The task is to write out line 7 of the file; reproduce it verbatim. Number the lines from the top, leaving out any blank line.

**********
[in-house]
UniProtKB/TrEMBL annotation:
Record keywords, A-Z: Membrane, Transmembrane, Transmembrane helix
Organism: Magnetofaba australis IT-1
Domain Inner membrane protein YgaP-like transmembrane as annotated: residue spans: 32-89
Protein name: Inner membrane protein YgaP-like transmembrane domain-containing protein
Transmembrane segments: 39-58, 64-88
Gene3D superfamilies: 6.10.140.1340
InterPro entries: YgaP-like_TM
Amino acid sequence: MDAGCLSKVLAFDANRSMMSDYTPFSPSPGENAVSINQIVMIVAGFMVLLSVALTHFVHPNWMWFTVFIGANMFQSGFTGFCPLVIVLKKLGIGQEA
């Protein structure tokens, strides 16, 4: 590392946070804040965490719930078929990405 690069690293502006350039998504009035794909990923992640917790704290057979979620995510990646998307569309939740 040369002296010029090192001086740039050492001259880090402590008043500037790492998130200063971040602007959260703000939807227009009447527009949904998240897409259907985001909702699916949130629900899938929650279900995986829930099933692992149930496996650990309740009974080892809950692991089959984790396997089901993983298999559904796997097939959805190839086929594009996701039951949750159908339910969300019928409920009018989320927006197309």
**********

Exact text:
Transmembrane segments: 39-58, 64-88